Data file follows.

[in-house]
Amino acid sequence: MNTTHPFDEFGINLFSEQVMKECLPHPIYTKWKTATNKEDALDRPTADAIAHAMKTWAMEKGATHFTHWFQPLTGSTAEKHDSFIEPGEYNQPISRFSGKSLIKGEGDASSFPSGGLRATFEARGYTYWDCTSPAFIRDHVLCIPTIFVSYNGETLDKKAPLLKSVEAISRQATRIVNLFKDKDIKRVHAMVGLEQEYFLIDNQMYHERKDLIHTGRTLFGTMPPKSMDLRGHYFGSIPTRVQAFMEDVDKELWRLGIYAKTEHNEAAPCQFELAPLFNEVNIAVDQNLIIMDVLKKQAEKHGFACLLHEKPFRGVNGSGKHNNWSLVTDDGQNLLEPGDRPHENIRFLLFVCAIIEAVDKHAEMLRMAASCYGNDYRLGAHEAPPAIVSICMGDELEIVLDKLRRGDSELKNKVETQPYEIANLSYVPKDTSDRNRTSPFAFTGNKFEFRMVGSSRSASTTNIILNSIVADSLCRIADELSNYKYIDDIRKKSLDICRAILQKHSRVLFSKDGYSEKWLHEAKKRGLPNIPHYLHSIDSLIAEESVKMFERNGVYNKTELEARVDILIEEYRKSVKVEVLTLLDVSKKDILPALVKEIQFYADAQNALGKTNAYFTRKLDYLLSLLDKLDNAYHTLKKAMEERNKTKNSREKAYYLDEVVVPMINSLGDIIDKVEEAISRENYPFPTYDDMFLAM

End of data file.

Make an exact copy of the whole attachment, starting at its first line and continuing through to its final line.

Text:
[in-house]
Amino acid sequence: MNTTHPFDEFGINLFSEQVMKECLPHPIYTKWKTATNKEDALDRPTADAIAHAMKTWAMEKGATHFTHWFQPLTGSTAEKHDSFIEPGEYNQPISRFSGKSLIKGEGDASSFPSGGLRATFEARGYTYWDCTSPAFIRDHVLCIPTIFVSYNGETLDKKAPLLKSVEAISRQATRIVNLFKDKDIKRVHAMVGLEQEYFLIDNQMYHERKDLIHTGRTLFGTMPPKSMDLRGHYFGSIPTRVQAFMEDVDKELWRLGIYAKTEHNEAAPCQFELAPLFNEVNIAVDQNLIIMDVLKKQAEKHGFACLLHEKPFRGVNGSGKHNNWSLVTDDGQNLLEPGDRPHENIRFLLFVCAIIEAVDKHAEMLRMAASCYGNDYRLGAHEAPPAIVSICMGDELEIVLDKLRRGDSELKNKVETQPYEIANLSYVPKDTSDRNRTSPFAFTGNKFEFRMVGSSRSASTTNIILNSIVADSLCRIADELSNYKYIDDIRKKSLDICRAILQKHSRVLFSKDGYSEKWLHEAKKRGLPNIPHYLHSIDSLIAEESVKMFERNGVYNKTELEARVDILIEEYRKSVKVEVLTLLDVSKKDILPALVKEIQFYADAQNALGKTNAYFTRKLDYLLSLLDKLDNAYHTLKKAMEERNKTKNSREKAYYLDEVVVPMINSLGDIIDKVEEAISRENYPFPTYDDMFLAM